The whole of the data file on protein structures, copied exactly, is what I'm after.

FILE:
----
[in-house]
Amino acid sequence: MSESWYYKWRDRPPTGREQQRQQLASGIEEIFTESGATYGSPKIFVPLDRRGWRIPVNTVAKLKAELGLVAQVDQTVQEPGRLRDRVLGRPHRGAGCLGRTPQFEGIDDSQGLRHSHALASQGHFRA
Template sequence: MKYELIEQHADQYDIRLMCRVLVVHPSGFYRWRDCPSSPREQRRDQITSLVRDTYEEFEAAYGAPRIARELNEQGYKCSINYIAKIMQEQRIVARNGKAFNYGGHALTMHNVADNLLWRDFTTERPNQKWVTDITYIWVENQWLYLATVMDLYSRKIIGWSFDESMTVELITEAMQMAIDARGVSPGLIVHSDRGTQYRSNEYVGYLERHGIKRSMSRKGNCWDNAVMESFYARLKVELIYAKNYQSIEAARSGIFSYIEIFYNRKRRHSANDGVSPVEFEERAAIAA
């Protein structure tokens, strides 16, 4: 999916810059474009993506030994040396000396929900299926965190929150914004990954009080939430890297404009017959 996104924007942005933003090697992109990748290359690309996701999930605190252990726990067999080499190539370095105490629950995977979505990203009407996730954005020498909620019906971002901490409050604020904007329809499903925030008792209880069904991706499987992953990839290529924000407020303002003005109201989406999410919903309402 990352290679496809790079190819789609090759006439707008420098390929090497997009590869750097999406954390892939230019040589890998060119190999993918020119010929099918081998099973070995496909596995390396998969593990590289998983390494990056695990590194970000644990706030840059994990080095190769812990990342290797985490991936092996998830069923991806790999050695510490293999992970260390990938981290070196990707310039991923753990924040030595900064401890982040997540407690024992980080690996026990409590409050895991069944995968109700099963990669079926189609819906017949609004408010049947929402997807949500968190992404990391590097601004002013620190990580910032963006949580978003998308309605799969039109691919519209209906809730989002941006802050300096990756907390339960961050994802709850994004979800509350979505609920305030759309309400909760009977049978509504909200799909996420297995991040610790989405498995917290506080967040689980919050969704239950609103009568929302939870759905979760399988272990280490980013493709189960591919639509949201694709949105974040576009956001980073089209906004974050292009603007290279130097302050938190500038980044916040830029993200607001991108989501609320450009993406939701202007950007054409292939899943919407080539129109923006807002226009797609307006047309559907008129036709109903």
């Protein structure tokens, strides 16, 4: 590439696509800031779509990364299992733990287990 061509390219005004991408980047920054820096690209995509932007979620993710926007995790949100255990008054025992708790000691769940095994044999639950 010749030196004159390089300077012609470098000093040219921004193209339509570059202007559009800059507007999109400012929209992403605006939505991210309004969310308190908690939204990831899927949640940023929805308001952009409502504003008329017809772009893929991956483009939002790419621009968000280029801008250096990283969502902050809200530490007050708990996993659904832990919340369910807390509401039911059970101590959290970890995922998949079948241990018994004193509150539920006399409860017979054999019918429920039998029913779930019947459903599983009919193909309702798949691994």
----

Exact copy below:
[in-house]
Amino acid sequence: MSESWYYKWRDRPPTGREQQRQQLASGIEEIFTESGATYGSPKIFVPLDRRGWRIPVNTVAKLKAELGLVAQVDQTVQEPGRLRDRVLGRPHRGAGCLGRTPQFEGIDDSQGLRHSHALASQGHFRA
Template sequence: MKYELIEQHADQYDIRLMCRVLVVHPSGFYRWRDCPSSPREQRRDQITSLVRDTYEEFEAAYGAPRIARELNEQGYKCSINYIAKIMQEQRIVARNGKAFNYGGHALTMHNVADNLLWRDFTTERPNQKWVTDITYIWVENQWLYLATVMDLYSRKIIGWSFDESMTVELITEAMQMAIDARGVSPGLIVHSDRGTQYRSNEYVGYLERHGIKRSMSRKGNCWDNAVMESFYARLKVELIYAKNYQSIEAARSGIFSYIEIFYNRKRRHSANDGVSPVEFEERAAIAA
């Protein structure tokens, strides 16, 4: 999916810059474009993506030994040396000396929900299926965190929150914004990954009080939430890297404009017959 996104924007942005933003090697992109990748290359690309996701999930605190252990726990067999080499190539370095105490629950995977979505990203009407996730954005020498909620019906971002901490409050604020904007329809499903925030008792209880069904991706499987992953990839290529924000407020303002003005109201989406999410919903309402 990352290679496809790079190819789609090759006439707008420098390929090497997009590869750097999406954390892939230019040589890998060119190999993918020119010929099918081998099973070995496909596995390396998969593990590289998983390494990056695990590194970000644990706030840059994990080095190769812990990342290797985490991936092996998830069923991806790999050695510490293999992970260390990938981290070196990707310039991923753990924040030595900064401890982040997540407690024992980080690996026990409590409050895991069944995968109700099963990669079926189609819906017949609004408010049947929402997807949500968190992404990391590097601004002013620190990580910032963006949580978003998308309605799969039109691919519209209906809730989002941006802050300096990756907390339960961050994802709850994004979800509350979505609920305030759309309400909760009977049978509504909200799909996420297995991040610790989405498995917290506080967040689980919050969704239950609103009568929302939870759905979760399988272990280490980013493709189960591919639509949201694709949105974040576009956001980073089209906004974050292009603007290279130097302050938190500038980044916040830029993200607001991108989501609320450009993406939701202007950007054409292939899943919407080539129109923006807002226009797609307006047309559907008129036709109903």
């Protein structure tokens, strides 16, 4: 590439696509800031779509990364299992733990287990 061509390219005004991408980047920054820096690209995509932007979620993710926007995790949100255990008054025992708790000691769940095994044999639950 010749030196004159390089300077012609470098000093040219921004193209339509570059202007559009800059507007999109400012929209992403605006939505991210309004969310308190908690939204990831899927949640940023929805308001952009409502504003008329017809772009893929991956483009939002790419621009968000280029801008250096990283969502902050809200530490007050708990996993659904832990919340369910807390509401039911059970101590959290970890995922998949079948241990018994004193509150539920006399409860017979054999019918429920039998029913779930019947459903599983009919193909309702798949691994």